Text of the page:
This is fairly obvious, but when you use someone else’s software, you’re tied in to their functionality. If the CMS provider has set up their platform in a certain way, then you’re obliged to follow it.
There can be many disagreements about the best way to organise a UI or some annoyance at seemingly core features either being ‘premium’ or simply not available. If a developer has an advanced set of requirements, it can be tiresome to find a pre-existing solution able to handle every detail sufficiently.
Another consideration could be for clients or in-house teams. It’s desirable for websites to become marketing-owned, whereby the internal marketing team is able to access, update, and change information on your website whenever necessary. For this to happen, the CMS needs to be simple enough for non-web professionals to handle. Some solutions, such as WebFlow, do a great job at providing simple front-end editors that can be intuitively handled...but finding the right CMS for each client can certainly be a headache.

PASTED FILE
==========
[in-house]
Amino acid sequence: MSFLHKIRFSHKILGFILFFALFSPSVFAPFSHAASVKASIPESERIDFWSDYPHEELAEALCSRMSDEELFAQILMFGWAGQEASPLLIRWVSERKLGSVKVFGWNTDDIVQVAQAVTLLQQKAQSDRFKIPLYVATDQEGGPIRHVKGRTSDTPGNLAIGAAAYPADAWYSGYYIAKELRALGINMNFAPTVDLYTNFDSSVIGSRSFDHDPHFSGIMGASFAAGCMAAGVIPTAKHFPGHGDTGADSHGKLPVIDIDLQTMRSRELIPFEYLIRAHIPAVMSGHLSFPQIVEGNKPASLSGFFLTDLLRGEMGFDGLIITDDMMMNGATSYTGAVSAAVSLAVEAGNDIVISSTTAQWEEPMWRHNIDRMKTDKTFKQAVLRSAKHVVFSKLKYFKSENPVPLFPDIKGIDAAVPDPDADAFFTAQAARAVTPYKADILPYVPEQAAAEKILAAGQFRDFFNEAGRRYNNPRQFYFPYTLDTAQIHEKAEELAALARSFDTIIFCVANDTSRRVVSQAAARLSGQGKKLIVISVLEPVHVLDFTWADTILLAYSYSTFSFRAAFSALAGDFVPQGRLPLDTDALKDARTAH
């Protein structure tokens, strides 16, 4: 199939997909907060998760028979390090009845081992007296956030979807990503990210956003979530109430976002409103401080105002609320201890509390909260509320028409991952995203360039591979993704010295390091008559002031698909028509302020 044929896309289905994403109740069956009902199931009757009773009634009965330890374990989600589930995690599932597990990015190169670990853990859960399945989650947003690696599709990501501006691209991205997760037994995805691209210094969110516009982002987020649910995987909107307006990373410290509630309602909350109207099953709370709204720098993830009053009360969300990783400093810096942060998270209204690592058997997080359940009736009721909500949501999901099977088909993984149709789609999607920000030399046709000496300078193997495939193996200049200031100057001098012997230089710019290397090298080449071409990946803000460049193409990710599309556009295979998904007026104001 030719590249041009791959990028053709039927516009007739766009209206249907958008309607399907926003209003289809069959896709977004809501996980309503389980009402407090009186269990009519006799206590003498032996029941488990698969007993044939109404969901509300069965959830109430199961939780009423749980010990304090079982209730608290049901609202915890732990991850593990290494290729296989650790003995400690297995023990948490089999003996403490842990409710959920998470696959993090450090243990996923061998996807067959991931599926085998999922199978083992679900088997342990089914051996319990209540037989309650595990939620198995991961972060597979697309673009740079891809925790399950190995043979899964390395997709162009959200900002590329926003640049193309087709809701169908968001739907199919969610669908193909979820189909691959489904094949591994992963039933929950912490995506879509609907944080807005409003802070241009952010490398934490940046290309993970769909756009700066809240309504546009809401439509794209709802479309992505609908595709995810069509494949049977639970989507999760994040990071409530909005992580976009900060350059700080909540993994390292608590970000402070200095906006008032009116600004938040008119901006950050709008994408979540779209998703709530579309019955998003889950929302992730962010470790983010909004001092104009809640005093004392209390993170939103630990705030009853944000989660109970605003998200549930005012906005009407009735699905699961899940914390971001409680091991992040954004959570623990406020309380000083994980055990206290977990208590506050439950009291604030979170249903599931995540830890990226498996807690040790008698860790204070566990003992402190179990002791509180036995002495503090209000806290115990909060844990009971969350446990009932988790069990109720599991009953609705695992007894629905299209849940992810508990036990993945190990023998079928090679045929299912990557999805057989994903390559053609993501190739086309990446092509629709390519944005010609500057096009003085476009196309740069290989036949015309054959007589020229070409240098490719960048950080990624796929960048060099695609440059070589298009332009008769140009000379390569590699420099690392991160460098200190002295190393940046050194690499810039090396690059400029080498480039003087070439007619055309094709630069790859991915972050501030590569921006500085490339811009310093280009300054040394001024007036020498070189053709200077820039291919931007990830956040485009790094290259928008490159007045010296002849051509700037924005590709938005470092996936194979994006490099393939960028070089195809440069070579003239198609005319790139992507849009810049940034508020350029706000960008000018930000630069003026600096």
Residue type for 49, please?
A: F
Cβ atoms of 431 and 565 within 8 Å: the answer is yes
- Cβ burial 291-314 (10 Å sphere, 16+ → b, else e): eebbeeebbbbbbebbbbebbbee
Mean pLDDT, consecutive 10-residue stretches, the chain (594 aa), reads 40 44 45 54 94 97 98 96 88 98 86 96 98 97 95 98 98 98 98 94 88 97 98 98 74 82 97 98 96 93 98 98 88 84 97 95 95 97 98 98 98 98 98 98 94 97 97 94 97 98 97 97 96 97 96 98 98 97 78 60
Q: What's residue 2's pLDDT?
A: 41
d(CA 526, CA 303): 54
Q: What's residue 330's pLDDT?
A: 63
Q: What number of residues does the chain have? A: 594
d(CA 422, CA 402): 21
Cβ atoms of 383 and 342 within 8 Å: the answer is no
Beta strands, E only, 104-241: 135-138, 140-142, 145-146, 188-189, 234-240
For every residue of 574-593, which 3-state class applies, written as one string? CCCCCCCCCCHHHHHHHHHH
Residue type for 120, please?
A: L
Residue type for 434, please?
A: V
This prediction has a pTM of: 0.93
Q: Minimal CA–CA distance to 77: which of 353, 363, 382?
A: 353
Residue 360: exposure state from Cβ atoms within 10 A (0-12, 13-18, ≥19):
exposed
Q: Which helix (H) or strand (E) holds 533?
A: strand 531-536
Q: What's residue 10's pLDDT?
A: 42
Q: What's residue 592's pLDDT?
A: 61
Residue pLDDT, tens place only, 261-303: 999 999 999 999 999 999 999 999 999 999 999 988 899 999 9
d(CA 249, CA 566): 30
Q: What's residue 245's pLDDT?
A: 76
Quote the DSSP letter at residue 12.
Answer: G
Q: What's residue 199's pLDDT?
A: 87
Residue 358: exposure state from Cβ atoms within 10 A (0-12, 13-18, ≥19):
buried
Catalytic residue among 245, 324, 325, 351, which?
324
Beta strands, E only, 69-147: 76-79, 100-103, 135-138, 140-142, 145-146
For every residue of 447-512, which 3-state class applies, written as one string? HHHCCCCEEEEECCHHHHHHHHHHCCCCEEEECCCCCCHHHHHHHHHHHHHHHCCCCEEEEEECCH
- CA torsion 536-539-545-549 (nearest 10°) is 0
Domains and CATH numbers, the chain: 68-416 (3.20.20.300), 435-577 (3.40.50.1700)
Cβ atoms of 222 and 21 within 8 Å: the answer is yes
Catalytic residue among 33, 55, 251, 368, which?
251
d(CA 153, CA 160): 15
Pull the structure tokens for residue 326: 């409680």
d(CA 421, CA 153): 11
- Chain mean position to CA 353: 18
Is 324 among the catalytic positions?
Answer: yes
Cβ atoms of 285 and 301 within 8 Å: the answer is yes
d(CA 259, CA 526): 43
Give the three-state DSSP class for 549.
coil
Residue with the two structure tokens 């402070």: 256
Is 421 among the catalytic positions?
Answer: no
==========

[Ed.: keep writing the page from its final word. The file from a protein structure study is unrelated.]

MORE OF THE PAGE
So here’s the consideration, if you were to build your own CMS...you could include all the necessary features and set up the platform in a sensible way—with the added benefit of making bespoke adjustments to suit client needs. Sounds ideal, right?
This consideration is perhaps more dubious than other reasons. If you create your own system, then competing web designers may not be able to access your back-end editors. As such, clients will be forced to return to you for any technical changes, giving you long term business.
In a way, you’re binding clients to you because no one else will be able to work with your solution...and the idea of having to redo the entire website on a new platform might seem time consuming and costly.
We don’t support this reason, as we believe that clients will stick with quality—rather than sticking with a provider out of lack of other option. By offering transparency, choice, and quality, you’ll build up trust that will keep clients coming back no matter which CMS is used.